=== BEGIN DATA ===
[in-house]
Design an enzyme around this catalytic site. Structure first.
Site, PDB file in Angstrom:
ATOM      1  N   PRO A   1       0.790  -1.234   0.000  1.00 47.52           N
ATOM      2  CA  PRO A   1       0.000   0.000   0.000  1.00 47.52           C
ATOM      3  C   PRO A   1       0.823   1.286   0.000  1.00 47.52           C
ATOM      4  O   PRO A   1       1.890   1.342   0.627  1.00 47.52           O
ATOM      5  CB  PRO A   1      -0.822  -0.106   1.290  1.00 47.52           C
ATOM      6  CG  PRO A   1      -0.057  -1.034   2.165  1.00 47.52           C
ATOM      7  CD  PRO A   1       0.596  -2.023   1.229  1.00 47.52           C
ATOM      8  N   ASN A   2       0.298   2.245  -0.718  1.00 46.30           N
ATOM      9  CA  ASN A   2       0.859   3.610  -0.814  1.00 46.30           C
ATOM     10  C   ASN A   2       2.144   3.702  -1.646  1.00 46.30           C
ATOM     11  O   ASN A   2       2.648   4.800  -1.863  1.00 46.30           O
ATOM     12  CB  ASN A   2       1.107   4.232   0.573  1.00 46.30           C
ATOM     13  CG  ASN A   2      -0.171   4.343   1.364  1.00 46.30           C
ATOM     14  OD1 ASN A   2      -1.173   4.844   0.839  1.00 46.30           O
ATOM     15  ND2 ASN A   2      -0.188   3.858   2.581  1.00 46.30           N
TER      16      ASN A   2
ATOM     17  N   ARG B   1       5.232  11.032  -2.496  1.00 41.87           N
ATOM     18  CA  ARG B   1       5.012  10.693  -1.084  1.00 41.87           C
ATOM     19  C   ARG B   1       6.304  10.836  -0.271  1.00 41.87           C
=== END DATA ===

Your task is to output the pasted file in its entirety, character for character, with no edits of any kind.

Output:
[in-house]
Design an enzyme around this catalytic site. Structure first.
Site, PDB file in Angstrom:
ATOM      1  N   PRO A   1       0.790  -1.234   0.000  1.00 47.52           N
ATOM      2  CA  PRO A   1       0.000   0.000   0.000  1.00 47.52           C
ATOM      3  C   PRO A   1       0.823   1.286   0.000  1.00 47.52           C
ATOM      4  O   PRO A   1       1.890   1.342   0.627  1.00 47.52           O
ATOM      5  CB  PRO A   1      -0.822  -0.106   1.290  1.00 47.52           C
ATOM      6  CG  PRO A   1      -0.057  -1.034   2.165  1.00 47.52           C
ATOM      7  CD  PRO A   1       0.596  -2.023   1.229  1.00 47.52           C
ATOM      8  N   ASN A   2       0.298   2.245  -0.718  1.00 46.30           N
ATOM      9  CA  ASN A   2       0.859   3.610  -0.814  1.00 46.30           C
ATOM     10  C   ASN A   2       2.144   3.702  -1.646  1.00 46.30           C
ATOM     11  O   ASN A   2       2.648   4.800  -1.863  1.00 46.30           O
ATOM     12  CB  ASN A   2       1.107   4.232   0.573  1.00 46.30           C
ATOM     13  CG  ASN A   2      -0.171   4.343   1.364  1.00 46.30           C
ATOM     14  OD1 ASN A   2      -1.173   4.844   0.839  1.00 46.30           O
ATOM     15  ND2 ASN A   2      -0.188   3.858   2.581  1.00 46.30           N
TER      16      ASN A   2
ATOM     17  N   ARG B   1       5.232  11.032  -2.496  1.00 41.87           N
ATOM     18  CA  ARG B   1       5.012  10.693  -1.084  1.00 41.87           C
ATOM     19  C   ARG B   1       6.304  10.836  -0.271  1.00 41.87           C